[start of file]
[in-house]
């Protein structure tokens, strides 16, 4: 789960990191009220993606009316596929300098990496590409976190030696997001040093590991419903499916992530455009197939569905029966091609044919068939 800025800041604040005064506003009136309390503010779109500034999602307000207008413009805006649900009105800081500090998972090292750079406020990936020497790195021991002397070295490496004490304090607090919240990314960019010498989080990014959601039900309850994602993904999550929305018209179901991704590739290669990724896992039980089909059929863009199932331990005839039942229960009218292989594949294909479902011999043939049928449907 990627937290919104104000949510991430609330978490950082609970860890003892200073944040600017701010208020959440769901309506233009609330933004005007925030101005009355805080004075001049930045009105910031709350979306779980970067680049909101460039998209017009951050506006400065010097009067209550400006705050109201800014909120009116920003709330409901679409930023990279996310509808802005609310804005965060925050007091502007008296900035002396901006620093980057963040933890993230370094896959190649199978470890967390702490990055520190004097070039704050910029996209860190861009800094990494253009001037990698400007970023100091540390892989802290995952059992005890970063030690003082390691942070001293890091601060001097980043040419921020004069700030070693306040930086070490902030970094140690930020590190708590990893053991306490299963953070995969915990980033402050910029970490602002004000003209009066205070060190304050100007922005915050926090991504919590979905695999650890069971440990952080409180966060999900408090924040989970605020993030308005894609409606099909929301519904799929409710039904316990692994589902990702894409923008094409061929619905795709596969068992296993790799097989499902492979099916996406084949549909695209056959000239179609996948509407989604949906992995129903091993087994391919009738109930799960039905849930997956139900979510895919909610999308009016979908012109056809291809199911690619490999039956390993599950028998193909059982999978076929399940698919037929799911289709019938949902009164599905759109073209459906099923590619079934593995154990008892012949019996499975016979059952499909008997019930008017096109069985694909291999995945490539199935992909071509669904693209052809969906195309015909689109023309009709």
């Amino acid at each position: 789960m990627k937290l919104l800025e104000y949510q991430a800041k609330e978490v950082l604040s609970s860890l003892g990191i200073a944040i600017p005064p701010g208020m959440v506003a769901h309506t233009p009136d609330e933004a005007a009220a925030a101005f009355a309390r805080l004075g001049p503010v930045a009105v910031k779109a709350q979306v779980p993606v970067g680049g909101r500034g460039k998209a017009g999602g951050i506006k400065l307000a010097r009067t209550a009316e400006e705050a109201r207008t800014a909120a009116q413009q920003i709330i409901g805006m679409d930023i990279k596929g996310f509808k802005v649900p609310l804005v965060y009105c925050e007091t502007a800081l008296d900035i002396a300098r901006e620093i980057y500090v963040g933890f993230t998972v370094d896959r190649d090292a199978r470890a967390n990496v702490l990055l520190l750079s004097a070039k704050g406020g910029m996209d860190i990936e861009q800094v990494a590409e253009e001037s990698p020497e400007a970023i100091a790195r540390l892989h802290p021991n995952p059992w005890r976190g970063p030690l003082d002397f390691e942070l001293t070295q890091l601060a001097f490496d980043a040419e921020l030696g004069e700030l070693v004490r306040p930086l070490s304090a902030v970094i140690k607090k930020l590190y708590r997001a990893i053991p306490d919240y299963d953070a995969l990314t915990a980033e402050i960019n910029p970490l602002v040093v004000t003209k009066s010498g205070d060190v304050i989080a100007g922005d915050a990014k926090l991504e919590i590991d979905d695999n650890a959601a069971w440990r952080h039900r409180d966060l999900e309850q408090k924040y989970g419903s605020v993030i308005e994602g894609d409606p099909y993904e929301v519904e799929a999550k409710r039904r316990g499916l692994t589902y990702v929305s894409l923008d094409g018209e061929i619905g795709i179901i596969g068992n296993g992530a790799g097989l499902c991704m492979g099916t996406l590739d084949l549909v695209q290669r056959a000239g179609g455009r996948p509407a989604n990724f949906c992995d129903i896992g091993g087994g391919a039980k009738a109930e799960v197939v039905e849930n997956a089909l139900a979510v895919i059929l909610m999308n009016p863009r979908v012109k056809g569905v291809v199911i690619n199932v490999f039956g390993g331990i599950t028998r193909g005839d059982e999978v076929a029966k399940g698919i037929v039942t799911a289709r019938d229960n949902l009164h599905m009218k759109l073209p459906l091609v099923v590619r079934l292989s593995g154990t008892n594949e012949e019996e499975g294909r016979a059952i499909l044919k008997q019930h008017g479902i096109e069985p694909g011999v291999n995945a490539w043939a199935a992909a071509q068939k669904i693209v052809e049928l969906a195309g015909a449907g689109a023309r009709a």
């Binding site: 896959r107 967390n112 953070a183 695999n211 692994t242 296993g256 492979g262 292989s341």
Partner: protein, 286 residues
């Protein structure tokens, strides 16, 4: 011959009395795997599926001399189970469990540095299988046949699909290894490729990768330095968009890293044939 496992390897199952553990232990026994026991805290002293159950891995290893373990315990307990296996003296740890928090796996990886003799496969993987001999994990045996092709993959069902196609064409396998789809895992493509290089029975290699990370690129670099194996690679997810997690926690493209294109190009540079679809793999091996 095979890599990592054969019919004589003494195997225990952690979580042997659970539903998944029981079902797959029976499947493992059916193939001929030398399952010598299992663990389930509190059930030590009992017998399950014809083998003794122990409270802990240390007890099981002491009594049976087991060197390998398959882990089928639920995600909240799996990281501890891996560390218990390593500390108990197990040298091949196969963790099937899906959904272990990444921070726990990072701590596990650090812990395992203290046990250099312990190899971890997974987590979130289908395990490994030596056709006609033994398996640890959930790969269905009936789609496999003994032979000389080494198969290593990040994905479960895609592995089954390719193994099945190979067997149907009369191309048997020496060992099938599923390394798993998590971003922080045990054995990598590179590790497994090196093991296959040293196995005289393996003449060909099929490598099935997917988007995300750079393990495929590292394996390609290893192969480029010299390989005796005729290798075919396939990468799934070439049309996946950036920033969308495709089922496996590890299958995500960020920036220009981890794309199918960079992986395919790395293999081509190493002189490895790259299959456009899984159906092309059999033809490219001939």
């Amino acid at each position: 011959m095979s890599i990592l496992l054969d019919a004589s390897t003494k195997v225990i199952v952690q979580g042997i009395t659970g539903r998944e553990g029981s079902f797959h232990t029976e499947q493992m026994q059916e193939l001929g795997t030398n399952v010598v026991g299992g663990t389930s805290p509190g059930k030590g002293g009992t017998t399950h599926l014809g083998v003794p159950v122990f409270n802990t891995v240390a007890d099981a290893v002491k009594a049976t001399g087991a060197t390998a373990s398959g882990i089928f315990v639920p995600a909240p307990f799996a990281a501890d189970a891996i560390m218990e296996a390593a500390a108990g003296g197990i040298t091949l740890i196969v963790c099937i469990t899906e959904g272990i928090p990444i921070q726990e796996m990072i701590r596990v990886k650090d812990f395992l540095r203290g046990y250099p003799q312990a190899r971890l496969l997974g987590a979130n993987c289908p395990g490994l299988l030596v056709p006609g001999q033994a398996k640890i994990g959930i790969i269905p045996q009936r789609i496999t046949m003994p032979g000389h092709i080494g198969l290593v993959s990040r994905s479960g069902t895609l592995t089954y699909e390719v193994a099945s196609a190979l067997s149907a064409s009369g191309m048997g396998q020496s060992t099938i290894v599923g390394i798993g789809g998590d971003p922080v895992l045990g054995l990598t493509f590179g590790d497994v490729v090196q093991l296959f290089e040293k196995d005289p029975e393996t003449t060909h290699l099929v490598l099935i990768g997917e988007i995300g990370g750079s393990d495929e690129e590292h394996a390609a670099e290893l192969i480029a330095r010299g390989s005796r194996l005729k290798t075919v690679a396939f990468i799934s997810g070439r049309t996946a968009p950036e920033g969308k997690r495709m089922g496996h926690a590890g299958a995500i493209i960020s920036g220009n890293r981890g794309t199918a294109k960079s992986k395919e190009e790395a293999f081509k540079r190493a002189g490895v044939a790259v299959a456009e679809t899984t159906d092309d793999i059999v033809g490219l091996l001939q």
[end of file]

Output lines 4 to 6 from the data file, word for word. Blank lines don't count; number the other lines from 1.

């Binding site: 896959r107 967390n112 953070a183 695999n211 692994t242 296993g256 492979g262 292989s341």
Partner: protein, 286 residues
């Protein structure tokens, strides 16, 4: 011959009395795997599926001399189970469990540095299988046949699909290894490729990768330095968009890293044939 496992390897199952553990232990026994026991805290002293159950891995290893373990315990307990296996003296740890928090796996990886003799496969993987001999994990045996092709993959069902196609064409396998789809895992493509290089029975290699990370690129670099194996690679997810997690926690493209294109190009540079679809793999091996 095979890599990592054969019919004589003494195997225990952690979580042997659970539903998944029981079902797959029976499947493992059916193939001929030398399952010598299992663990389930509190059930030590009992017998399950014809083998003794122990409270802990240390007890099981002491009594049976087991060197390998398959882990089928639920995600909240799996990281501890891996560390218990390593500390108990197990040298091949196969963790099937899906959904272990990444921070726990990072701590596990650090812990395992203290046990250099312990190899971890997974987590979130289908395990490994030596056709006609033994398996640890959930790969269905009936789609496999003994032979000389080494198969290593990040994905479960895609592995089954390719193994099945190979067997149907009369191309048997020496060992099938599923390394798993998590971003922080045990054995990598590179590790497994090196093991296959040293196995005289393996003449060909099929490598099935997917988007995300750079393990495929590292394996390609290893192969480029010299390989005796005729290798075919396939990468799934070439049309996946950036920033969308495709089922496996590890299958995500960020920036220009981890794309199918960079992986395919790395293999081509190493002189490895790259299959456009899984159906092309059999033809490219001939």